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A Journey of Mummy Discovery

March 13, 2017

Noma Kutalad is taking us on a journey and shares her recollections of encounters with Egyptian mummies.

 

 

"As I can recall , I presumably have known about ‘Mummies’ for the first time when I was about 8 years old from encyclopedia books for children. At that time, I didn’t know anything about them much more than they were like a coffin, they were in pyramids and they were in Egypt. (Later I have realized that Mummies are not only in Egypt though.) As an 8-year-old kid, I quite thought that it was just like a mysterious ghost story from other countries. Therefore, as a girl who tended to be not into ghost stories but more into arts and world’s famous people’s biography, I had to confess that I was not much into Mummies at all. However, the stories of Mummies could occasionally provoke the curiosity of a girl like me when it has become a theme or a plot of TV cartoons I watched or children fictions I read. In this case, I would count The Adventure of TinTin: The Cigar of Pharoh’ book as my always favorite story related to Mummies.

Since that book has been my favorite and I used it as my case study for my first MA degree thesis in Cultural Management in Thailand to study intangible cultural heritage (ICH) interpretation in comic books. Obviously, I took making Mummies as Social Practices Rituals and Festive Events type of ICH . Then, I had to do more research in Mummification and its process and this created a huge change in my perception of Mummies forever. I felt like I wish to see a real Mummy! Unfortunately, there is no Mummies discovery based on history of archaeology due to geography of Thailand, my home country. Furthermore, none of the museums in Thailand display Mummies or exhibit content about them. Consequently, I have kept my wish in my mind the whole time since then until my wish has come true when I have got a chance to study my second MA degree in UK.

I was quite sure that at some point I would be able to see real Mummies in some museums in the UK. My wish came true for the first time was when I saw Mummies in New Walk Museum in Leicester. Of course, that was not the only one and the last time I saw Mummies. I have never realized that most museums in the UK would give importance to the content about Mummies as much like this. I saw them again and again in British Museum in London and in other museums such as Petrie Museum, Derby Museum and Manchester Museum. What I would consider about when looking at Mummies in the displays are how perfect of the remained body after the mummification and the story of each Mummy ie. who s/he was, how old s/he was when the died and why they died. These details intrigue me to discover more information. Additionally, since I have seen Mummies displays from many museums, I have to say the one from Manchester Museum impress me most due to its completion of the remain her story and how she is displayed.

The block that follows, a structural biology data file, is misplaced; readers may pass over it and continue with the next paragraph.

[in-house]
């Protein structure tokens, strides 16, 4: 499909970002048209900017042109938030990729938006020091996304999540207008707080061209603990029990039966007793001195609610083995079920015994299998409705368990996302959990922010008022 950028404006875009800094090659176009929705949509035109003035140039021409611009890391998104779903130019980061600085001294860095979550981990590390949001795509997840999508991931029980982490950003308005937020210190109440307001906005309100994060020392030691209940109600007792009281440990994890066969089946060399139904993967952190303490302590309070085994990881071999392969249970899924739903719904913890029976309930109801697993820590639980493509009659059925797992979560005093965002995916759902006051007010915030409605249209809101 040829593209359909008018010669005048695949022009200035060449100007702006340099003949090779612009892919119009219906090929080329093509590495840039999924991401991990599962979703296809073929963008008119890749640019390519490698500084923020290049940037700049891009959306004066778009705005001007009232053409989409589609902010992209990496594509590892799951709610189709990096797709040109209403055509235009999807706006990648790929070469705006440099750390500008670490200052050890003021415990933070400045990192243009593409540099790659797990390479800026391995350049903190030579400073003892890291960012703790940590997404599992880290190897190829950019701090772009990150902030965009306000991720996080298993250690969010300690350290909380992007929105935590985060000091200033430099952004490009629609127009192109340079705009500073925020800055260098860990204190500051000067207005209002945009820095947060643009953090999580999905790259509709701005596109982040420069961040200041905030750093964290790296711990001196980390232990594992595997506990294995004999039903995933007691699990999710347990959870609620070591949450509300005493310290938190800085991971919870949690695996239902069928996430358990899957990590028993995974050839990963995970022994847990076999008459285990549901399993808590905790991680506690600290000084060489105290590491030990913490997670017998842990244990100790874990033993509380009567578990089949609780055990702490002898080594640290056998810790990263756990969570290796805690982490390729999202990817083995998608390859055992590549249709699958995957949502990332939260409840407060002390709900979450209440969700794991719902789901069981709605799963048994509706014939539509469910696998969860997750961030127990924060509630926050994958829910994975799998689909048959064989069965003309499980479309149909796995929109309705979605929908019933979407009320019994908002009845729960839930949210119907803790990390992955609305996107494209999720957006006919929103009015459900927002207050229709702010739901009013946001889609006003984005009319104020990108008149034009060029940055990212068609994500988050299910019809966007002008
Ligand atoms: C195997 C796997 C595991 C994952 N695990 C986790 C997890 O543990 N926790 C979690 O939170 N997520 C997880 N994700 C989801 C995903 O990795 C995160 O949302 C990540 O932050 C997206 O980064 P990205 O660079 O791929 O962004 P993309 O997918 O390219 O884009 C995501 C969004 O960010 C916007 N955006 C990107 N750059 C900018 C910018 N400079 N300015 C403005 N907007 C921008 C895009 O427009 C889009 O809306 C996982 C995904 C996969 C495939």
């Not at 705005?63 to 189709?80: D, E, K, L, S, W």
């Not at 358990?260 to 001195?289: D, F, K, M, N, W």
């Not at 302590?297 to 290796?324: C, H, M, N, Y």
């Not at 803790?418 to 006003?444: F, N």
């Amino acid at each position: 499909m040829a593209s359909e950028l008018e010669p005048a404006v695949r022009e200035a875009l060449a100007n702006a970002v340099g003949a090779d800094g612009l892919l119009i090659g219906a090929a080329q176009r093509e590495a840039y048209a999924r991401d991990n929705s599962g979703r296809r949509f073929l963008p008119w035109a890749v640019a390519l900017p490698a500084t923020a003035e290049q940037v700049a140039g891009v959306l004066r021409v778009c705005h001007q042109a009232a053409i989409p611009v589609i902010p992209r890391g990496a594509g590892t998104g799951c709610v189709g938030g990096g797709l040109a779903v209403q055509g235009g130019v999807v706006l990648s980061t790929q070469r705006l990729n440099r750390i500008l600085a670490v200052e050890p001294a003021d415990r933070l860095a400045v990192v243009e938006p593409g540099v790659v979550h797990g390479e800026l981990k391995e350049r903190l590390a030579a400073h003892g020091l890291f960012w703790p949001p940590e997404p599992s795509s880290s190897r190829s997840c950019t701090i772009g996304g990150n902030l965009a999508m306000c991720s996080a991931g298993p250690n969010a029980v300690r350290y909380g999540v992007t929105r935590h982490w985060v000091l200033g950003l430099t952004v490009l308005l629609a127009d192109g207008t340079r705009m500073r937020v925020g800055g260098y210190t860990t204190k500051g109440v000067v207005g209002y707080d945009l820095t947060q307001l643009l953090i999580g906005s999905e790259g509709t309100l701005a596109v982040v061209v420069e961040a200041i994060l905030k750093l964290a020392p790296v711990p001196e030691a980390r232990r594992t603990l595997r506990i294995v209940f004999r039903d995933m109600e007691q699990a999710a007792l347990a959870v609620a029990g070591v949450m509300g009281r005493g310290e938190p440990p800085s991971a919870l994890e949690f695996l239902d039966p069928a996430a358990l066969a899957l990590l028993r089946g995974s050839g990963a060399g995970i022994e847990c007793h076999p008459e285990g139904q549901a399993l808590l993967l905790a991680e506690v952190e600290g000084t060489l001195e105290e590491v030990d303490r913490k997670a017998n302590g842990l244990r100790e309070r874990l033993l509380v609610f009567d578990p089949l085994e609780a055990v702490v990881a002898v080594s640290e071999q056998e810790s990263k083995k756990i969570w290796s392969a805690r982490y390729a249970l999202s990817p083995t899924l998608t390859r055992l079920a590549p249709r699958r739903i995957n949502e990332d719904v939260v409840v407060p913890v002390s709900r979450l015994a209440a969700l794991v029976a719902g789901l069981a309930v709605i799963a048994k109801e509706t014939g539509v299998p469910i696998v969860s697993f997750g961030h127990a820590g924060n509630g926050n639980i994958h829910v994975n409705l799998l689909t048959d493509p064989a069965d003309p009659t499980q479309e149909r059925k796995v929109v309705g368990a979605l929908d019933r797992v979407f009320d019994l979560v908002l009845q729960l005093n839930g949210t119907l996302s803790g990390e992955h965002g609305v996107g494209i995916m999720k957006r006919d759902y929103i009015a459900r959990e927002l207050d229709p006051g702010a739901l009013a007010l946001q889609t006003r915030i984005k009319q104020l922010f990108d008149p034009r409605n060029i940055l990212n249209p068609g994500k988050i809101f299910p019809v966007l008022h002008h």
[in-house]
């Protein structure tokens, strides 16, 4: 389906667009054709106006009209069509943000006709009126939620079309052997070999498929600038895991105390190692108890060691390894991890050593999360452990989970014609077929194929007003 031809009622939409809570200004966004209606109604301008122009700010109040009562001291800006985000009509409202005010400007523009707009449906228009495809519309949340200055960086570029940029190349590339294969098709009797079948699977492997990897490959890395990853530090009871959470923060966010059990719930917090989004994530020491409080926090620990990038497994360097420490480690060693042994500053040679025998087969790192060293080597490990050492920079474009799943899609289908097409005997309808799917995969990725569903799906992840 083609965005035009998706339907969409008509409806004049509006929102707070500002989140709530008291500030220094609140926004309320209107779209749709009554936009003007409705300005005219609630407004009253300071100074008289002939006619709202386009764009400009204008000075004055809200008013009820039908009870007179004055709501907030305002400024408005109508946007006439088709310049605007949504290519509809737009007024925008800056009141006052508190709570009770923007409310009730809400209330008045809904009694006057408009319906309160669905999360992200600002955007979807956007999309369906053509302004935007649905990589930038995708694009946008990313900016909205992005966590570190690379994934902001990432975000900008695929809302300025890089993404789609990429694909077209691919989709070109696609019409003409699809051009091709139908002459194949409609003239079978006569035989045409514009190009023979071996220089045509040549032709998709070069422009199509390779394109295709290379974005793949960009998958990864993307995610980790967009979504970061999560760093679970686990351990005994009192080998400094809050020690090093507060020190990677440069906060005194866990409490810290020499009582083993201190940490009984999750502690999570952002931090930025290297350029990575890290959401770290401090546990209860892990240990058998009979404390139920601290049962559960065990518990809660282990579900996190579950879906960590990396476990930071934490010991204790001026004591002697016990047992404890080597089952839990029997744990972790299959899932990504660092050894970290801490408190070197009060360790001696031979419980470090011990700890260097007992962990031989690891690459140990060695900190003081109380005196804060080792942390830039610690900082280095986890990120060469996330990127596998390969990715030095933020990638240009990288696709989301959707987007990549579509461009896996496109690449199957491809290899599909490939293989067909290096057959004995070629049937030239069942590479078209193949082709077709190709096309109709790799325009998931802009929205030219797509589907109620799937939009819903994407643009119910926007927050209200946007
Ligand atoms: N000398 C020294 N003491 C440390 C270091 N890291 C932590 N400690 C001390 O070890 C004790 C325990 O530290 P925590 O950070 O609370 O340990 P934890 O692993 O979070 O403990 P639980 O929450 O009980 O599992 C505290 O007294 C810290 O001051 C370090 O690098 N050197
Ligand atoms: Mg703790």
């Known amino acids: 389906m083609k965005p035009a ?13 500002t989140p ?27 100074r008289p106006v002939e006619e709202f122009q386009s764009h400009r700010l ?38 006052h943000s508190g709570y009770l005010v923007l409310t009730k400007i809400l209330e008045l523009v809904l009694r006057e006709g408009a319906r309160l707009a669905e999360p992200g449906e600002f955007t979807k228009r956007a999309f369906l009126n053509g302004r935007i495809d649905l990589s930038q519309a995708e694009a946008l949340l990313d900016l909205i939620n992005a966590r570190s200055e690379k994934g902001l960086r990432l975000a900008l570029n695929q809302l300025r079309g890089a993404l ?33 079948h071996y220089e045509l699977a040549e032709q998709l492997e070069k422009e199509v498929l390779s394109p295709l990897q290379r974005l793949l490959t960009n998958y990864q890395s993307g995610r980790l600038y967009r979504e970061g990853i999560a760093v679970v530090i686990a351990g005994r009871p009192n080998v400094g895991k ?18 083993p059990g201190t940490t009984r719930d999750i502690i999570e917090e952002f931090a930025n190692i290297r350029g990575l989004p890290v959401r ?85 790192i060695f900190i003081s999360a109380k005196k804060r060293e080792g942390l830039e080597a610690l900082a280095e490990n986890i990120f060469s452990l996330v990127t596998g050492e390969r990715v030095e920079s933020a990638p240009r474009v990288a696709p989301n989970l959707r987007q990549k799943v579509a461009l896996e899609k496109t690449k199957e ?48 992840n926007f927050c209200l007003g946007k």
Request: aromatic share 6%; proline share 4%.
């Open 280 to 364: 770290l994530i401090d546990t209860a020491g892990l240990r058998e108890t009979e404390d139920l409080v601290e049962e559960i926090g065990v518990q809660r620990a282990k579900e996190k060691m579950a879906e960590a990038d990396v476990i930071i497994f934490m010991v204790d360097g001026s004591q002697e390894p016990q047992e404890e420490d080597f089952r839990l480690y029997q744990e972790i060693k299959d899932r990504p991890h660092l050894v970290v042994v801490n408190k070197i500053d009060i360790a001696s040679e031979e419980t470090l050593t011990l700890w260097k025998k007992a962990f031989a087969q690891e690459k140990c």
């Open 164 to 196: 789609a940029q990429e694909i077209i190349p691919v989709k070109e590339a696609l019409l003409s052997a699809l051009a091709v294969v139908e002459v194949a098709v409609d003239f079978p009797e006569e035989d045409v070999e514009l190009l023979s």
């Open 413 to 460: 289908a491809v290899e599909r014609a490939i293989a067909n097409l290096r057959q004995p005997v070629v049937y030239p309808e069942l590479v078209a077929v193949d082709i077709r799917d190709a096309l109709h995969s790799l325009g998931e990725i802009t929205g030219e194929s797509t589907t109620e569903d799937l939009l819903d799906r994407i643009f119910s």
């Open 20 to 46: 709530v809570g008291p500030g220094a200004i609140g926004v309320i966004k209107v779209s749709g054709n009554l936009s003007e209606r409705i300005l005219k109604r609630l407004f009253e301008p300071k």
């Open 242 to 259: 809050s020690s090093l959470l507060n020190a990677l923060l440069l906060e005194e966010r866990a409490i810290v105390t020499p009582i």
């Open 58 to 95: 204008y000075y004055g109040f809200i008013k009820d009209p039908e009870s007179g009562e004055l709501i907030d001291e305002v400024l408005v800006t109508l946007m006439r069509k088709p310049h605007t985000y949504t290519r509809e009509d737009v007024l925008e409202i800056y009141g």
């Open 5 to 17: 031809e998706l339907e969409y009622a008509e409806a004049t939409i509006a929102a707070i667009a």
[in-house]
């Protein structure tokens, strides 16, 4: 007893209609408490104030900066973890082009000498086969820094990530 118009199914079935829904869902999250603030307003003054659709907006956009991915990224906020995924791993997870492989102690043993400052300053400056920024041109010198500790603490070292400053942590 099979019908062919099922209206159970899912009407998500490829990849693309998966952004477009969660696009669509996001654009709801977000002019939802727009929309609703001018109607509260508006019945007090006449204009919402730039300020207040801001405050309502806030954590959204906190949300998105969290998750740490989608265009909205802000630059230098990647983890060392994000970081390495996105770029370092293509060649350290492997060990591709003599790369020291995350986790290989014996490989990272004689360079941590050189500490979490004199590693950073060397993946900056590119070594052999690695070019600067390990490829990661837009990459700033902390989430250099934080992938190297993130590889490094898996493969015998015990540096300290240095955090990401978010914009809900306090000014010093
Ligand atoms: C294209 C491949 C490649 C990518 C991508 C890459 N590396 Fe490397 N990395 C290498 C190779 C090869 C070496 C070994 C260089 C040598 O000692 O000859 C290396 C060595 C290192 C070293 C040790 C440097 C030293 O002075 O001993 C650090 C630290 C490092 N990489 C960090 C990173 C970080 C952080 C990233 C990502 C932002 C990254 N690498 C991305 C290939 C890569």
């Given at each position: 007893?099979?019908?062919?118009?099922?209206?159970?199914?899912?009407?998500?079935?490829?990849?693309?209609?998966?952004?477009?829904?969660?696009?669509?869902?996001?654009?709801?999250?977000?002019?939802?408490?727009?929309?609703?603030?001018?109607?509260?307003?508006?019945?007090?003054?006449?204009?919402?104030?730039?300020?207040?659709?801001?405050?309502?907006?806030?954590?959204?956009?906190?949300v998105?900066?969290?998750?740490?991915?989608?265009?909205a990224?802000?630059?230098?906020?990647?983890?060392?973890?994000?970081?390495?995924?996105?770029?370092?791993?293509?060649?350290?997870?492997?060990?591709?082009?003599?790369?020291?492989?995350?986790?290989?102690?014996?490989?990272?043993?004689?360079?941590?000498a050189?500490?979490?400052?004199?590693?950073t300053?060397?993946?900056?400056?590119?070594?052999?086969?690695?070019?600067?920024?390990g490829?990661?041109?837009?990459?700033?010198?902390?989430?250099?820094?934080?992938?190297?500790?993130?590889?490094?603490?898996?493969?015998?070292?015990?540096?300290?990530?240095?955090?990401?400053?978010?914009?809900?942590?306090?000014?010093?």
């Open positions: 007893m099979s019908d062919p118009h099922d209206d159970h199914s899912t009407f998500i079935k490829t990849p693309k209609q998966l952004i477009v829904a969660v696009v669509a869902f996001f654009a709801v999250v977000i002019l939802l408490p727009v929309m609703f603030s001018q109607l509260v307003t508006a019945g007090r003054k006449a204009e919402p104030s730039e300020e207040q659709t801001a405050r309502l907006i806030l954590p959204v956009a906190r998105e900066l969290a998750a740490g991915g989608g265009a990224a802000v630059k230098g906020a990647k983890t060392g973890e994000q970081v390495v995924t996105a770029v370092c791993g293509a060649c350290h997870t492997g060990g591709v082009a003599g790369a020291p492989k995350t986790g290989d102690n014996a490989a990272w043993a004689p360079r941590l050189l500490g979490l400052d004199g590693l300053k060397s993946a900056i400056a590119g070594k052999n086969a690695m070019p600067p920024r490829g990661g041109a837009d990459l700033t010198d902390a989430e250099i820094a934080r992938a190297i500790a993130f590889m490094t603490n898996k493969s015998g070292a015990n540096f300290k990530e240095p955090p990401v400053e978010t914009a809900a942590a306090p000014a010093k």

Being able to see the real Mummies in the museums in the UK. makes me feel the importance of having museums as a place of learning and seeing something authentic to create inspirations. On the other hand, after I have experienced seeing the real Mummies for many times, staring at them and thinking of their past lives according to the details on the panels, I sometimes wondered how these people would feel if they knew that thousand years later their body have become the human remain objects in the museum displays and are looked at by various visitors. Would they be happy? Angry? Or embarrassed? I would like to thank them as they sacrifice (or are forced to sacrifice) their remained bodies for educational purpose from generations to generations. Nonetheless, at least I can say I feel happy that I can fulfill my wish after all."

Nuntamon Noma Kutalad is a freelance translator who holds degrees in Cultural Management from Thailand and Museum Studies from Leicester. She is currently conducting a PhD research in Museum and Exhibition Design at De Montfort University, Leicester.
Pictured is the mummy of Asru at the Manchester Museum, which presents an innovative display strategy for the mummy of Asru, reliant on giving the visitor the choice to see the mummified remains or not. 

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